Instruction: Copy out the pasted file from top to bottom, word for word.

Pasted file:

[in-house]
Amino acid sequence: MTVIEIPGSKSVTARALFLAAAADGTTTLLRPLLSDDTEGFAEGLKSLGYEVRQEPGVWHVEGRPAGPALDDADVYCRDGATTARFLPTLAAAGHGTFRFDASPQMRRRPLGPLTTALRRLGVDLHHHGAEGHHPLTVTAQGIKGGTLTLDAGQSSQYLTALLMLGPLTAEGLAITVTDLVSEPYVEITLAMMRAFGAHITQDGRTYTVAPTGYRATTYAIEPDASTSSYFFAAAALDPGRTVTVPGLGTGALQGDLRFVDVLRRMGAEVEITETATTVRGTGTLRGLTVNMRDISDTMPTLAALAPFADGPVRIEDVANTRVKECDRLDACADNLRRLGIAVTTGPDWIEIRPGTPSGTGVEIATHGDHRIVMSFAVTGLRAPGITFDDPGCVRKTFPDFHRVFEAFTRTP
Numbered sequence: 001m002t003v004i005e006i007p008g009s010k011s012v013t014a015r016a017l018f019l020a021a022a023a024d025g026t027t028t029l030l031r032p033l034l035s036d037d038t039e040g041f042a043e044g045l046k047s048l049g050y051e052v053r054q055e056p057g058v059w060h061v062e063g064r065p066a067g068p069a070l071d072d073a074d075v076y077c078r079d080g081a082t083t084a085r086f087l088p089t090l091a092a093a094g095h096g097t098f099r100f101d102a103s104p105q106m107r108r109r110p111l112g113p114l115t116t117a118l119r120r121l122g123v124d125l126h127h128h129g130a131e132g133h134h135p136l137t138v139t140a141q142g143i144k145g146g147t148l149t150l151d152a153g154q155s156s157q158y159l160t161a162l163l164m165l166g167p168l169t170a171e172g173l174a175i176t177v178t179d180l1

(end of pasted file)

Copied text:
[in-house]
Amino acid sequence: MTVIEIPGSKSVTARALFLAAAADGTTTLLRPLLSDDTEGFAEGLKSLGYEVRQEPGVWHVEGRPAGPALDDADVYCRDGATTARFLPTLAAAGHGTFRFDASPQMRRRPLGPLTTALRRLGVDLHHHGAEGHHPLTVTAQGIKGGTLTLDAGQSSQYLTALLMLGPLTAEGLAITVTDLVSEPYVEITLAMMRAFGAHITQDGRTYTVAPTGYRATTYAIEPDASTSSYFFAAAALDPGRTVTVPGLGTGALQGDLRFVDVLRRMGAEVEITETATTVRGTGTLRGLTVNMRDISDTMPTLAALAPFADGPVRIEDVANTRVKECDRLDACADNLRRLGIAVTTGPDWIEIRPGTPSGTGVEIATHGDHRIVMSFAVTGLRAPGITFDDPGCVRKTFPDFHRVFEAFTRTP
Numbered sequence: 001m002t003v004i005e006i007p008g009s010k011s012v013t014a015r016a017l018f019l020a021a022a023a024d025g026t027t028t029l030l031r032p033l034l035s036d037d038t039e040g041f042a043e044g045l046k047s048l049g050y051e052v053r054q055e056p057g058v059w060h061v062e063g064r065p066a067g068p069a070l071d072d073a074d075v076y077c078r079d080g081a082t083t084a085r086f087l088p089t090l091a092a093a094g095h096g097t098f099r100f101d102a103s104p105q106m107r108r109r110p111l112g113p114l115t116t117a118l119r120r121l122g123v124d125l126h127h128h129g130a131e132g133h134h135p136l137t138v139t140a141q142g143i144k145g146g147t148l149t150l151d152a153g154q155s156s157q158y159l160t161a162l163l164m165l166g167p168l169t170a171e172g173l174a175i176t177v178t179d180l1